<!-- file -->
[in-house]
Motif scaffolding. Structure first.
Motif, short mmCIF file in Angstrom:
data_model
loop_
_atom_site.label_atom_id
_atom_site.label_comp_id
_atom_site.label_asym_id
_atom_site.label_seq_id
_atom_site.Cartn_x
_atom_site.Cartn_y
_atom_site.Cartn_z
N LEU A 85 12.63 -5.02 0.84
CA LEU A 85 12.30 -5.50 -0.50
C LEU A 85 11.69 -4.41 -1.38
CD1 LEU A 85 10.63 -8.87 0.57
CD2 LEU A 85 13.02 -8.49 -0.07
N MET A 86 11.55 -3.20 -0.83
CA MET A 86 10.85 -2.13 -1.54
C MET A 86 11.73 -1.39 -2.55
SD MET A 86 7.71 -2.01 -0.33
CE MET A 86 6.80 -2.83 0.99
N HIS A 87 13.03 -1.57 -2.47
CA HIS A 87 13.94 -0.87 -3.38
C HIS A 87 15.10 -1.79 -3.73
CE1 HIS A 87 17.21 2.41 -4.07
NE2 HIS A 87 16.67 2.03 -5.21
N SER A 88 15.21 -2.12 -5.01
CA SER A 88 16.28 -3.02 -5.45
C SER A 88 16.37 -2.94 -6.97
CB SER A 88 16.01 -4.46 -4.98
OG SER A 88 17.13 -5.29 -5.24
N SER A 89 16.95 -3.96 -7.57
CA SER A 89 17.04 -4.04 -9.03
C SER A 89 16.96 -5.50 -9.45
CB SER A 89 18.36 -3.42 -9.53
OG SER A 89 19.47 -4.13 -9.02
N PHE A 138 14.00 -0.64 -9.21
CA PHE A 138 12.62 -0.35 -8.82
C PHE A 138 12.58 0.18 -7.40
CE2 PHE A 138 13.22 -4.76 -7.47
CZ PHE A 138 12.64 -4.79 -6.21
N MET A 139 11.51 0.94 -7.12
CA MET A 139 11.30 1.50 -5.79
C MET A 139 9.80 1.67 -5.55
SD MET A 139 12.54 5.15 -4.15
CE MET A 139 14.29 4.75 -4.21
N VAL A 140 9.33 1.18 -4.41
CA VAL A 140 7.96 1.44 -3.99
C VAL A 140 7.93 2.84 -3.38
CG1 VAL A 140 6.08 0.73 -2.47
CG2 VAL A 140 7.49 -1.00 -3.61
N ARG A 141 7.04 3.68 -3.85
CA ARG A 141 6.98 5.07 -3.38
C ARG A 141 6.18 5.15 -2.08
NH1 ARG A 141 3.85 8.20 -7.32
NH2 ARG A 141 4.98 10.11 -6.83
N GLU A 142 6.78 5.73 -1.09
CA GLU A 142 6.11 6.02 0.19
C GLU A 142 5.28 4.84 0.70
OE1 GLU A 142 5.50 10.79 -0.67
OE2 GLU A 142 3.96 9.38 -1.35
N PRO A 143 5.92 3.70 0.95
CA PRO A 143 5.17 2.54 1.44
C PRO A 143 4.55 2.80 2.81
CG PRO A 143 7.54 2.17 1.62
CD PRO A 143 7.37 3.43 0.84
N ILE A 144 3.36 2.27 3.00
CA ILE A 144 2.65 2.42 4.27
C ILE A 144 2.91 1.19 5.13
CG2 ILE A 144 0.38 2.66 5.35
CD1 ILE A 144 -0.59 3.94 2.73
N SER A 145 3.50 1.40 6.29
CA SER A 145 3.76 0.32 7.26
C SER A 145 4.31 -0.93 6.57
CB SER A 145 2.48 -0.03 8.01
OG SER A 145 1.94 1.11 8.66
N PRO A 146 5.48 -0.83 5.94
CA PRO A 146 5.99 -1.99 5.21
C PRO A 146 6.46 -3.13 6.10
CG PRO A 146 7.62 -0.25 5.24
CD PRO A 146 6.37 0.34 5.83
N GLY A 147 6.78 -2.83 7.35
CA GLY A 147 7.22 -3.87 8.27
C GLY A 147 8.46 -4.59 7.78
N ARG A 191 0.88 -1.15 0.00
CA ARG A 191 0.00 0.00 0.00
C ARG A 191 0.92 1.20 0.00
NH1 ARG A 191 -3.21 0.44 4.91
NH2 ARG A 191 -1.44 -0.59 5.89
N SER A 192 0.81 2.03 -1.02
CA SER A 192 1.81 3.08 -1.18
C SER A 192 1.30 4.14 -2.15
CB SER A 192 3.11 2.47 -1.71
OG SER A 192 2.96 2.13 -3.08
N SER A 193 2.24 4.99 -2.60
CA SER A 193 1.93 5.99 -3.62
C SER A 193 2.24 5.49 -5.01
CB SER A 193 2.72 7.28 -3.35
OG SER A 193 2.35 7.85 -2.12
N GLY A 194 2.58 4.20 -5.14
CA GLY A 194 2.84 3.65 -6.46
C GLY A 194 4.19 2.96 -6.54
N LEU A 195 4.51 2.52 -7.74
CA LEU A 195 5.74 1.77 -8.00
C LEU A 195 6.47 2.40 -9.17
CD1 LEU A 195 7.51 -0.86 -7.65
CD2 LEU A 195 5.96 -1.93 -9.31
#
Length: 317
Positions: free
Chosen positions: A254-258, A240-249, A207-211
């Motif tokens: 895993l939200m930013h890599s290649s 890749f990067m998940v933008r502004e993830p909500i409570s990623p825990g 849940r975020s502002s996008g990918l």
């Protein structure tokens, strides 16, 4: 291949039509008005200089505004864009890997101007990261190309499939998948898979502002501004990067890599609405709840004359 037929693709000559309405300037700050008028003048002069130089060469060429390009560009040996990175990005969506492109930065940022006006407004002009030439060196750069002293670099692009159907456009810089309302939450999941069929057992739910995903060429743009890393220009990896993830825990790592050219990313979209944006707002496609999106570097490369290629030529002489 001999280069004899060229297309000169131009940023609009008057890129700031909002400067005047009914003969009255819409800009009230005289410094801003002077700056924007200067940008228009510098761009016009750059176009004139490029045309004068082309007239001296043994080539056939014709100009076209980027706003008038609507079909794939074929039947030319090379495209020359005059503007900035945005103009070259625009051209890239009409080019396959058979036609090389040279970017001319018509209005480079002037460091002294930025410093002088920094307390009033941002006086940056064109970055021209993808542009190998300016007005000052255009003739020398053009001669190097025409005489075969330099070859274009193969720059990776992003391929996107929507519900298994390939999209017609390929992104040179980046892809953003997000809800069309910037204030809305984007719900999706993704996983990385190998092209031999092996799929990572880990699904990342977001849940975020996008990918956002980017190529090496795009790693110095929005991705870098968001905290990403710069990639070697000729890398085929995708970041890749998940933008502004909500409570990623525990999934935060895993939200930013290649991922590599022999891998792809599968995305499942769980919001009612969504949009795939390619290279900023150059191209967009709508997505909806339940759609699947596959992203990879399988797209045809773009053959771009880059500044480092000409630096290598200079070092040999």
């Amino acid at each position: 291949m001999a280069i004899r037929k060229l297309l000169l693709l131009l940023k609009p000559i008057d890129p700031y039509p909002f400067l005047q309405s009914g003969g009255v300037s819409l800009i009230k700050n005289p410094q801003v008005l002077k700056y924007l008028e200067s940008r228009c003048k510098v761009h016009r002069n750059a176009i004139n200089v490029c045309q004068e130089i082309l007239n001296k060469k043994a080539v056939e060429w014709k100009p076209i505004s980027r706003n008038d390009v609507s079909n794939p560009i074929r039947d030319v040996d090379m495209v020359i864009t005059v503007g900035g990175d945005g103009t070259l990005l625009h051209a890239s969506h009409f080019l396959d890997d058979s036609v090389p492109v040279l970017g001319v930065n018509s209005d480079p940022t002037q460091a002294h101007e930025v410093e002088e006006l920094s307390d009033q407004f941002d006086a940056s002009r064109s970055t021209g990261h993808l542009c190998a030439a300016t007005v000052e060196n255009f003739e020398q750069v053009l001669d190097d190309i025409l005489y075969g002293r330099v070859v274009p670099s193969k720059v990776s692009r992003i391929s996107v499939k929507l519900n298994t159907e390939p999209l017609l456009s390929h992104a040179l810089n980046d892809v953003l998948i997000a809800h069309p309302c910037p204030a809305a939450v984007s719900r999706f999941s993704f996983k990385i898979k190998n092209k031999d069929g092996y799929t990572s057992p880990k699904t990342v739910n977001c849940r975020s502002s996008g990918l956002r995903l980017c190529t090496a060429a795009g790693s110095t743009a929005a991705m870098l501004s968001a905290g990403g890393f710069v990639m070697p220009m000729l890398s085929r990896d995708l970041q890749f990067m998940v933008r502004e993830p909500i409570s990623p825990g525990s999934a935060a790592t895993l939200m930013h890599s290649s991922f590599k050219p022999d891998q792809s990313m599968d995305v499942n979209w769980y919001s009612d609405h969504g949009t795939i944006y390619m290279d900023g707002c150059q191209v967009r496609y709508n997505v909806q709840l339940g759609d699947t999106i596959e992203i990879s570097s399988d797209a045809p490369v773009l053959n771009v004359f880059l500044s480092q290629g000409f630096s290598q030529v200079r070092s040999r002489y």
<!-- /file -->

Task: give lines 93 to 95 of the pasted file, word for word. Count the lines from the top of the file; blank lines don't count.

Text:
C SER A 192 1.30 4.14 -2.15
CB SER A 192 3.11 2.47 -1.71
OG SER A 192 2.96 2.13 -3.08